“Upon a Life I Have Not Lived” (Bulletin p. 10)

Confession of Faith - The Apostles’ Creed

I believe in God the Father Almighty, Maker of heaven and earth.

I believe in Jesus Christ, his only Son, our Lord, who was conceived by the Holy Spirit, and born of the virgin Mary. He suffered under Pontius Pilate, was crucified, died, and was buried; he descended into hell. The third day he rose again from the dead. He ascended into heaven and is seated at the right hand of God the Father Almighty. From there he will come to judge the living and the dead.

I believe in the Holy Spirit, the holy catholic church, the communion of saints, the forgiveness of sins, the resurrection of the body, and the life everlasting. Amen.

Presentation of Gifts and Offering

Pastoral Prayer

The Proclamation of God’s Word

Exodus 20:8–11 (p. 61)

The Fourth Commandment: Free to Rest (Part 2)

Rev. Ken Han

The Sacrament of The Lord’s Supper

We participate in the Lord’s Supper weekly. We welcome to the Lord’s Table all baptized believers who have sincere faith in Jesus Christ, and regularly worship in a Reformed or evangelical church.

The Lord’s Supper is a sign and a seal of the new covenant blessings. When we participate in the Lord’s Supper with faith, it strengthens our bond with our covenant Lord, Jesus Christ. Thus we participate properly when we come to our Savior with faith and repentance as we renew our resolve to forsake sin and live for his glory.

The Lord’s Supper also renews our bonds with God’s covenant community, the body of believers in the local church. As we receive the Lord’s Supper, we renew our pledge to give ourselves away in loving service.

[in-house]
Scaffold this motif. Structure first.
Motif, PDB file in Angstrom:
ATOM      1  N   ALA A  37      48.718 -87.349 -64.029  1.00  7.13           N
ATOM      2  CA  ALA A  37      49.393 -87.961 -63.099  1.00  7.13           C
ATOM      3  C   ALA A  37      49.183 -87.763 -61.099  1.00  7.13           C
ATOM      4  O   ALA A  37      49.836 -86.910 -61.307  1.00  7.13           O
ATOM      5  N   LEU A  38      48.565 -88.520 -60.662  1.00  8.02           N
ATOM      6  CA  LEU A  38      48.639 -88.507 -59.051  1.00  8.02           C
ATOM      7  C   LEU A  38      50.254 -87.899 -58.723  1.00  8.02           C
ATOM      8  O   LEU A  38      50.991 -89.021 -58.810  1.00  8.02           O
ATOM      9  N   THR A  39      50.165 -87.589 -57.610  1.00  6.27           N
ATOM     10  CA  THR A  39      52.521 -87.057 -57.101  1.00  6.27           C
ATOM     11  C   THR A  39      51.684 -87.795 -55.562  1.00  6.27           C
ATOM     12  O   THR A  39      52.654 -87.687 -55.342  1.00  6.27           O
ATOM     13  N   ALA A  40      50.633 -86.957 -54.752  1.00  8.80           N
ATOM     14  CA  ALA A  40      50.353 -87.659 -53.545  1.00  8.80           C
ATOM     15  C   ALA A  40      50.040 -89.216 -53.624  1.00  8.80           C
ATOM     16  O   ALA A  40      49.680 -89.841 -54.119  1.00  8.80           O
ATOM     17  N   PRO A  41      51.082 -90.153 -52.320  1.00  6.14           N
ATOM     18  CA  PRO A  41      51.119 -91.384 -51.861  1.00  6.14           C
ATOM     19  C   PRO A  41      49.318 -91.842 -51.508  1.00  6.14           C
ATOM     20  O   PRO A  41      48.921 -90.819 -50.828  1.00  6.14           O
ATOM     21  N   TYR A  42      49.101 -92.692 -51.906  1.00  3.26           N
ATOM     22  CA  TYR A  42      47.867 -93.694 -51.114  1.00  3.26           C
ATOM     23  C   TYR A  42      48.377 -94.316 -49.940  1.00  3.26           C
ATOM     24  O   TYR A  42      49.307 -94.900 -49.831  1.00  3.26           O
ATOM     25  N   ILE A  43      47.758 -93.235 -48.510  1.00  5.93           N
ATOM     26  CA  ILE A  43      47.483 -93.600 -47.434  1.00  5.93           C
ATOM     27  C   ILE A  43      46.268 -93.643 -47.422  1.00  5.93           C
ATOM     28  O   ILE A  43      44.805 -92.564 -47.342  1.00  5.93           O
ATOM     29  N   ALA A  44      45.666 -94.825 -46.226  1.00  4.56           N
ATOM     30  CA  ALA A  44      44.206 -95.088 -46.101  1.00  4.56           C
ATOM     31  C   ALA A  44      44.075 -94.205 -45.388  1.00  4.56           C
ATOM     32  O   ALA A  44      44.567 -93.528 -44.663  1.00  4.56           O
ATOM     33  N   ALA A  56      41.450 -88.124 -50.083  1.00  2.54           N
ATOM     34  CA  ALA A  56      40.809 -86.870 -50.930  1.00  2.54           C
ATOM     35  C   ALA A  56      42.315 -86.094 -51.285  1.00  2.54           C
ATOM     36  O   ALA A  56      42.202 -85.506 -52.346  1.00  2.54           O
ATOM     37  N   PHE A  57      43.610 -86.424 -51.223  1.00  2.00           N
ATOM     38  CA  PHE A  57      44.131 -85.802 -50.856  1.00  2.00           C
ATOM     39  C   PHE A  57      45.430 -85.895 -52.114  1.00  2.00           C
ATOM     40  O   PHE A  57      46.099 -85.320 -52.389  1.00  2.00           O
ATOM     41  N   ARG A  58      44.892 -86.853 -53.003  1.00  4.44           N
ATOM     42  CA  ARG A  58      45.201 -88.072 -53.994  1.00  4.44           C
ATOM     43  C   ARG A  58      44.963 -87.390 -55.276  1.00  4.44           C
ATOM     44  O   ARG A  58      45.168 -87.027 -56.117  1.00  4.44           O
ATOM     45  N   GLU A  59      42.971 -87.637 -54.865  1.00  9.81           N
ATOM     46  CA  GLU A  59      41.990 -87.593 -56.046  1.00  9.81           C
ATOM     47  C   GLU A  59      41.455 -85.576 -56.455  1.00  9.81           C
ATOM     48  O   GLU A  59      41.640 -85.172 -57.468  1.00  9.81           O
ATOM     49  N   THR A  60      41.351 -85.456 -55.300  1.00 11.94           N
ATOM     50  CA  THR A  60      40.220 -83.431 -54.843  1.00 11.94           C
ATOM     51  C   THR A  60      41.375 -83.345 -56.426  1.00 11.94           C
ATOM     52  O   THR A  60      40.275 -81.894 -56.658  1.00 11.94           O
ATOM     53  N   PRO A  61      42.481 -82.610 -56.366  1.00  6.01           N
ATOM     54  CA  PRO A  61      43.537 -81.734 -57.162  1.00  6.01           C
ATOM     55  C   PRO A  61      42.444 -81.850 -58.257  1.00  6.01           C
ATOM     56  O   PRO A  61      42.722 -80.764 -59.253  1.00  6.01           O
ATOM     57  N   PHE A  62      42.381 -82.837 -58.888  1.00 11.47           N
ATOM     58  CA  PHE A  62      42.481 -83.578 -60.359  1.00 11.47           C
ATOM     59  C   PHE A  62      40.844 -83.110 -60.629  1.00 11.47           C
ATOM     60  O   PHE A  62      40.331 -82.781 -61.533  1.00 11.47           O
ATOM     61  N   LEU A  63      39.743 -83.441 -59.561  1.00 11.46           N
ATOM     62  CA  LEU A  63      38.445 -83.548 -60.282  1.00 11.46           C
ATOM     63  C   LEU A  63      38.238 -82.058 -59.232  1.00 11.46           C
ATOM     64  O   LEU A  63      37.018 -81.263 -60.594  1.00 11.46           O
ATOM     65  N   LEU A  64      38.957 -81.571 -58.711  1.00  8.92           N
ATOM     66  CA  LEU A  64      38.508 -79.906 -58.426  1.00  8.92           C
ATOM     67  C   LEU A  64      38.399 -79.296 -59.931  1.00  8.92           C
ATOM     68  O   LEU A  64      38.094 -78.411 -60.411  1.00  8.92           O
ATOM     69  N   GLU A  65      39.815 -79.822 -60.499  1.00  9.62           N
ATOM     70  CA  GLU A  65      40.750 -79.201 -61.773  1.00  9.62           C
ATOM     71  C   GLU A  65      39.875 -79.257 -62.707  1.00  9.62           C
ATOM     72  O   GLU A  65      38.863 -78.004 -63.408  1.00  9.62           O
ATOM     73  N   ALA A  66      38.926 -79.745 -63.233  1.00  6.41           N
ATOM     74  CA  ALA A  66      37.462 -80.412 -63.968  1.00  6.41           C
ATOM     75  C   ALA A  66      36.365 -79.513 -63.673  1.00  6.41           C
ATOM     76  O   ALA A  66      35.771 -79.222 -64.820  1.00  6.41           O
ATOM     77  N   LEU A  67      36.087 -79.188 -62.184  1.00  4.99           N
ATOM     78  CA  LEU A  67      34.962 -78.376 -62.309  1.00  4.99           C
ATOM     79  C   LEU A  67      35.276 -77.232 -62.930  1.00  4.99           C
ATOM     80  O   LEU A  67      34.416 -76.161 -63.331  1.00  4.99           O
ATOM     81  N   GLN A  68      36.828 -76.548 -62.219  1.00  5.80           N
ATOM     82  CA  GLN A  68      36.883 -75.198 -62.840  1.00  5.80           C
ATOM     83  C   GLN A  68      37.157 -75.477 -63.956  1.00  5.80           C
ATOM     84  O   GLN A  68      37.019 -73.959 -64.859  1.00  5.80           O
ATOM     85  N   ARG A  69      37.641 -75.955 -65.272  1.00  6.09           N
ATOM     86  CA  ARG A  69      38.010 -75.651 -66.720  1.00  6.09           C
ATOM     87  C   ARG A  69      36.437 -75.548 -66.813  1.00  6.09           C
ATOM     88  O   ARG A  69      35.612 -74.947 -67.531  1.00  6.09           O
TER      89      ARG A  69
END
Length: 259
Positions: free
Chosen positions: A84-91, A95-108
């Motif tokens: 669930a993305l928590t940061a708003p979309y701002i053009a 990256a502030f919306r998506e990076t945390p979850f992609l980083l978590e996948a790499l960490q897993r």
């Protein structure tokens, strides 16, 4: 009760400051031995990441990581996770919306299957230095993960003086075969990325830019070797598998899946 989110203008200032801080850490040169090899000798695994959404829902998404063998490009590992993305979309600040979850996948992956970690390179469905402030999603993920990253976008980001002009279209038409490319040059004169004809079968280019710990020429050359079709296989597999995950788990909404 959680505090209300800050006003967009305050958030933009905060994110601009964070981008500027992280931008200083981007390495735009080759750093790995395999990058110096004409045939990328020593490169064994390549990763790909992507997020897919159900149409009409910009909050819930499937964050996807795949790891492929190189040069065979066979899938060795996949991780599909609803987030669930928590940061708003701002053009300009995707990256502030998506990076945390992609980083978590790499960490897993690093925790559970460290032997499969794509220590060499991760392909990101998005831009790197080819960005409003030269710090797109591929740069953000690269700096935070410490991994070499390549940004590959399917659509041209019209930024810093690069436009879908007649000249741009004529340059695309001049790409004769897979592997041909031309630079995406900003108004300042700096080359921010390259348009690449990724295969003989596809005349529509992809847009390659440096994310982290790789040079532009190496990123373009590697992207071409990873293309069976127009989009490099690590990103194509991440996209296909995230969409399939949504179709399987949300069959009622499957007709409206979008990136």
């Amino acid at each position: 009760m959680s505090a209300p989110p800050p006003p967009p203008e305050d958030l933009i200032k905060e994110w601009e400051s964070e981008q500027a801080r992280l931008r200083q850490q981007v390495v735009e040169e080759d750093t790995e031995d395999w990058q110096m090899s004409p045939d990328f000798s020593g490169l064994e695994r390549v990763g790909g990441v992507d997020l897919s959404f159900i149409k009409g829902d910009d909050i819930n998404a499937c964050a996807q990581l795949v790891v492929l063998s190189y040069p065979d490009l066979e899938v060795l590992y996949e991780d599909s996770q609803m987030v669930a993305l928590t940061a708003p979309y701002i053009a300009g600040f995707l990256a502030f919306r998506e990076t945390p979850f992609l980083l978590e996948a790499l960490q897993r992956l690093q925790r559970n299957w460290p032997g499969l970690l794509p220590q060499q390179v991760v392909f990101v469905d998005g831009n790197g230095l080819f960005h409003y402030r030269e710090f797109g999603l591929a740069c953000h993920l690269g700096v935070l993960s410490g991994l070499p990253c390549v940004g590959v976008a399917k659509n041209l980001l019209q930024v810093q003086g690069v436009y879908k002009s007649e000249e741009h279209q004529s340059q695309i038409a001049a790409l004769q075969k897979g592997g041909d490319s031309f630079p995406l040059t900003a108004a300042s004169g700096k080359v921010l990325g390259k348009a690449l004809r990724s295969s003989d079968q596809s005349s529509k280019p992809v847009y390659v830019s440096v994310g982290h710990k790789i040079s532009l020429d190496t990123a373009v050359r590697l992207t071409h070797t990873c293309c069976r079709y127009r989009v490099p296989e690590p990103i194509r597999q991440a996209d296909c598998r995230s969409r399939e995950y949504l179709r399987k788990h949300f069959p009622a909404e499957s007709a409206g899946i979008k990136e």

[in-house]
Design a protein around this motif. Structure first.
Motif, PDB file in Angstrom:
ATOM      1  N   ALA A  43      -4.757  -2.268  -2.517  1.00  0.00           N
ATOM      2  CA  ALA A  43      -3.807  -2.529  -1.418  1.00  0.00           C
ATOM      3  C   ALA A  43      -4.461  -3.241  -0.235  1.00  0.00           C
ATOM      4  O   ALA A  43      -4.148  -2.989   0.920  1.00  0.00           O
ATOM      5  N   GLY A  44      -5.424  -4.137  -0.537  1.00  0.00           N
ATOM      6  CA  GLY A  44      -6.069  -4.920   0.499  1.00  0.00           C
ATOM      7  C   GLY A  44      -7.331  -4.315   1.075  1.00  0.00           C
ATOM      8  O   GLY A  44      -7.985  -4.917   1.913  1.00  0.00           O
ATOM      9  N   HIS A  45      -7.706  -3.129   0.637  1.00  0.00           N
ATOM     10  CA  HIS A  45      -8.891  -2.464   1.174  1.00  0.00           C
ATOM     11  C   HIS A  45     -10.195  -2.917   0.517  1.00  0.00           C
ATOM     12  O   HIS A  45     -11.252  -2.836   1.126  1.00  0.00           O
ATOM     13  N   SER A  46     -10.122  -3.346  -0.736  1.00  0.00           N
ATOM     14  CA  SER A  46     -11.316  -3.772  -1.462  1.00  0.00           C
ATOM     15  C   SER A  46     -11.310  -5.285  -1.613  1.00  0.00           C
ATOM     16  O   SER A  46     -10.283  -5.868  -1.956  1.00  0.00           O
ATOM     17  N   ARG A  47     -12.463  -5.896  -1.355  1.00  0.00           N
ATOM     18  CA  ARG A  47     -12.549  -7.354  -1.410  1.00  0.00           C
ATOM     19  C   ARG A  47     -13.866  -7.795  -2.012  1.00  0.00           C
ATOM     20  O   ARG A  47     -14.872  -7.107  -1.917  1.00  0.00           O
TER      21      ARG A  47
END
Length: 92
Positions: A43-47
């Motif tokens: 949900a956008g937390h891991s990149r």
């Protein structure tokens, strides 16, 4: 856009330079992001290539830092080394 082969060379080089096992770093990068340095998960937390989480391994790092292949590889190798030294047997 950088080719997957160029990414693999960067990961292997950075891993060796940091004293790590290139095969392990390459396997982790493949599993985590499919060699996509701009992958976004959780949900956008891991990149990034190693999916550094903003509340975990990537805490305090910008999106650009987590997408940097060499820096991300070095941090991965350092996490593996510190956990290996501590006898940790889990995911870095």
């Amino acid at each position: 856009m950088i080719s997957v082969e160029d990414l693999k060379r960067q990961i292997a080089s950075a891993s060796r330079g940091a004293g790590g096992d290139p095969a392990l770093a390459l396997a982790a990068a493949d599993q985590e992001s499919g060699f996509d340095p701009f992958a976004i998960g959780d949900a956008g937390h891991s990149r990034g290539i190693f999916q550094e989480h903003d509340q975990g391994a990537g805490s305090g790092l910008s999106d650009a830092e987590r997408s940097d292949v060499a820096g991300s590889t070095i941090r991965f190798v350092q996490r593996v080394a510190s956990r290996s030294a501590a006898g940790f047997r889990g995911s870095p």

During the distribution of the bread we will sing Trinity Hymnal #371 “O Lord of Hosts, How Lovely” stanzas 1–2, and stanzas 3–4 during the distribution of the cup.

Trinity Hymnal #391 “Safely through Another Week”



Growth Resources

Family Devotion for the Week

The May 7, 2017 sermon is posted to our church website here. You can also subscribe to sermon podcast here.

**The Shorter Catechism lesson of the week is posted here: Q. 8. How doth God execute his decrees?.

We have some new resources for you at the information table, including several new CCEF mini books, as well as other edifying books. Be sure to check them out!

Upcoming Events and Notices

Every Lord’s Day 10:15 AM: Please join us for Hymnsing, a time of preparing our hearts for worship in praise, and for learning new hymns for worship.

May 14 (Lord’s Day): Please note there will be no potluck lunch or catechism lessons due to Mother’s Day.

May 21 (Lord’s Day): Please join us for the monthly fellowship potluck lunch.

May 21 (Lord’s Day): The Children’s Bible lesson (First Catechism Qs. 32–34). and adult Shorter Catechism (Q. 9) lessons will meet after the worship service.

Nursery Volunteers

May 14: Liza Beede

May 21: Michelle Kay